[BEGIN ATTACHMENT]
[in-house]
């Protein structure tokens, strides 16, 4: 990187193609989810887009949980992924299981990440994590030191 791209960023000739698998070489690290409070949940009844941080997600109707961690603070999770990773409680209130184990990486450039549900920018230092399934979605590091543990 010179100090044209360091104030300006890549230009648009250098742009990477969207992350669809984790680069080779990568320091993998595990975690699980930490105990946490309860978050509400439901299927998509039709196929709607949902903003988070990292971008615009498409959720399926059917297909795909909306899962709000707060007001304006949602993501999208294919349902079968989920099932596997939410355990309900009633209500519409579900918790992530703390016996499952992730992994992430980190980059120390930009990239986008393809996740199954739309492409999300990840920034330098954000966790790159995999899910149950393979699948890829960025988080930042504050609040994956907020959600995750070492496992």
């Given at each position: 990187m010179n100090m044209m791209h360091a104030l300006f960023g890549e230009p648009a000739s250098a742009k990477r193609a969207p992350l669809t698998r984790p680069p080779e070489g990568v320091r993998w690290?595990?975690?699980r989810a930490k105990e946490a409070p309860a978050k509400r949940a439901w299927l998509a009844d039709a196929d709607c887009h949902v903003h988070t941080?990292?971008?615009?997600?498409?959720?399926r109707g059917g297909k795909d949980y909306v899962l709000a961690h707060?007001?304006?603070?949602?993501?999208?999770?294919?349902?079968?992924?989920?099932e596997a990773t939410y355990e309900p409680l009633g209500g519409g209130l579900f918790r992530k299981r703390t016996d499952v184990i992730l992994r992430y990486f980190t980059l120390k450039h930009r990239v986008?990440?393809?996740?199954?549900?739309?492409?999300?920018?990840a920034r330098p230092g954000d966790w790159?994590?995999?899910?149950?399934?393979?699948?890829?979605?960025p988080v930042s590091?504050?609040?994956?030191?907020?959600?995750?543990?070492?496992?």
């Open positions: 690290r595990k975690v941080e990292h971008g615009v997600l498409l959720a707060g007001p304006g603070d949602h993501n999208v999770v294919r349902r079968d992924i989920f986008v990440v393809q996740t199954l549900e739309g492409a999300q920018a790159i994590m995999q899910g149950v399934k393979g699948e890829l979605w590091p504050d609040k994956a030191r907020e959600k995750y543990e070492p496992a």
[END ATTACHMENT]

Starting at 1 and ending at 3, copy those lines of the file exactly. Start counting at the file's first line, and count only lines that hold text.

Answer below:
[in-house]
């Protein structure tokens, strides 16, 4: 990187193609989810887009949980992924299981990440994590030191 791209960023000739698998070489690290409070949940009844941080997600109707961690603070999770990773409680209130184990990486450039549900920018230092399934979605590091543990 010179100090044209360091104030300006890549230009648009250098742009990477969207992350669809984790680069080779990568320091993998595990975690699980930490105990946490309860978050509400439901299927998509039709196929709607949902903003988070990292971008615009498409959720399926059917297909795909909306899962709000707060007001304006949602993501999208294919349902079968989920099932596997939410355990309900009633209500519409579900918790992530703390016996499952992730992994992430980190980059120390930009990239986008393809996740199954739309492409999300990840920034330098954000966790790159995999899910149950393979699948890829960025988080930042504050609040994956907020959600995750070492496992």
């Given at each position: 990187m010179n100090m044209m791209h360091a104030l300006f960023g890549e230009p648009a000739s250098a742009k990477r193609a969207p992350l669809t698998r984790p680069p080779e070489g990568v320091r993998w690290?595990?975690?699980r989810a930490k105990e946490a409070p309860a978050k509400r949940a439901w299927l998509a009844d039709a196929d709607c887009h949902v903003h988070t941080?990292?971008?615009?997600?498409?959720?399926r109707g059917g297909k795909d949980y909306v899962l709000a961690h707060?007001?304006?603070?949602?993501?999208?999770?294919?349902?079968?992924?989920?099932e596997a990773t939410y355990e309900p409680l009633g209500g519409g209130l579900f918790r992530k299981r703390t016996d499952v184990i992730l992994r992430y990486f980190t980059l120390k450039h930009r990239v986008?990440?393809?996740?199954?549900?739309?492409?999300?920018?990840a920034r330098p230092g954000d966790w790159?994590?995999?899910?149950?399934?393979?699948?890829?979605?960025p988080v930042s590091?504050?609040?994956?030191?907020?959600?995750?543990?070492?496992?």